For some time now the argument has gained credence that a discernible divide in PAS between the Quranic literalists and those of not inflexible interpretation would arrive at the point where each would have to go separate ways.

The former take positions on issues that tend to drive a wedge between them and the more liberal rest of Pakatan whereas the latter hew to interpretations that are broadly compatible with their DAP and PKR allies. Increasingly, it is felt that Pakatan’s cohesion as a tripartite coalition of PKR, DAP and PAS is dependent on the collusion of that part of PAS that is less literalist and inflexible.

Is that faction realistic enough to see that going along with its literalistic brethren in PAS places Pakatan at risk of a break-up and with that the incineration of hopes of an opposition coalition ever supplanting an irredeemably decayed UMNO-BN in Putrajaya?


TERENCE NETTO has been a journalist for four decades now. He likes the profession because it puts him in contact with the eminent without being under the necessity to admire them.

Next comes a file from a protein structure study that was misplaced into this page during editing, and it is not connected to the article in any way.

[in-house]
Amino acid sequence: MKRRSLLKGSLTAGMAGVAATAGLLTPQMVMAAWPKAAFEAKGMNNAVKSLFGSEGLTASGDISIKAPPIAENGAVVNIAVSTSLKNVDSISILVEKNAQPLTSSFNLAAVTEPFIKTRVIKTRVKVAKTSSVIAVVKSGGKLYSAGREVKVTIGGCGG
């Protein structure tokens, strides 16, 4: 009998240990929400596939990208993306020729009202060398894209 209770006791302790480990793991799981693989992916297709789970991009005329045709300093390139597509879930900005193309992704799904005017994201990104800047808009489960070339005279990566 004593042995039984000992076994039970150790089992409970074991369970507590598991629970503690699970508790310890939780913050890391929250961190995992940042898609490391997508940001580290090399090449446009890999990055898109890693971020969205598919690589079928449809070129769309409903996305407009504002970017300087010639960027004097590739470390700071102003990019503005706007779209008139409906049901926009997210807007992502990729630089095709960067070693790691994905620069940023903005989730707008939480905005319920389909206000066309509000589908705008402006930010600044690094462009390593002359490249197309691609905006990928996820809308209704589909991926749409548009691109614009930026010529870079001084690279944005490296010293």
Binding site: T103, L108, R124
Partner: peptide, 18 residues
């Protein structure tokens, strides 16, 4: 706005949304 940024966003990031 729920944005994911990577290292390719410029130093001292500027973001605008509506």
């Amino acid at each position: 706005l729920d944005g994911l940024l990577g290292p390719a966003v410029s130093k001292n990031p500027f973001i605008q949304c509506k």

Time to throw in the towel, Anwar Ibrahim


July 27, 2014

Time to throw in the towel, Anwar Ibrahim

by Jasmine Wong@www.freemalaysiatoday.com

AzizahThe long spell of drought we are experiencing these past months pretty much mirrors the long spell of drought Anwar’s camp has been experiencing in their many failed attempts to wrest control of the Selangor Menteri Besar’s (MB) post from Tan Sri Khalid Ibrahim.

Deftly avoiding the brickbats hurled at him like a Matrix warrior, Khalid has been happily going about his business, keeping his head down while strategically strengthening ties with the Palace and holding quiet talks with his ally, PAS’ President Abdul Hadi Awang, to keep the snarling hounds at bay.

Looks like it’s paid off for Khalid as Hadi has made it official he will back Khalid in his bid to retain his post as MB of Malaysia’s richest state. With both Hadi’s and HRH The Sultan’s support, looks like Anwar has been hung out to dry despite jubilantly naming just days ago, his wife and PKR party president Dr. Wan Azizah, as Khalid’s replacement.

What baffles me is that Anwar confidently stated he had secured the buy-in of DAP and PAS. How does he now explain Hadi’s decision to back the very man he is trying to unseat?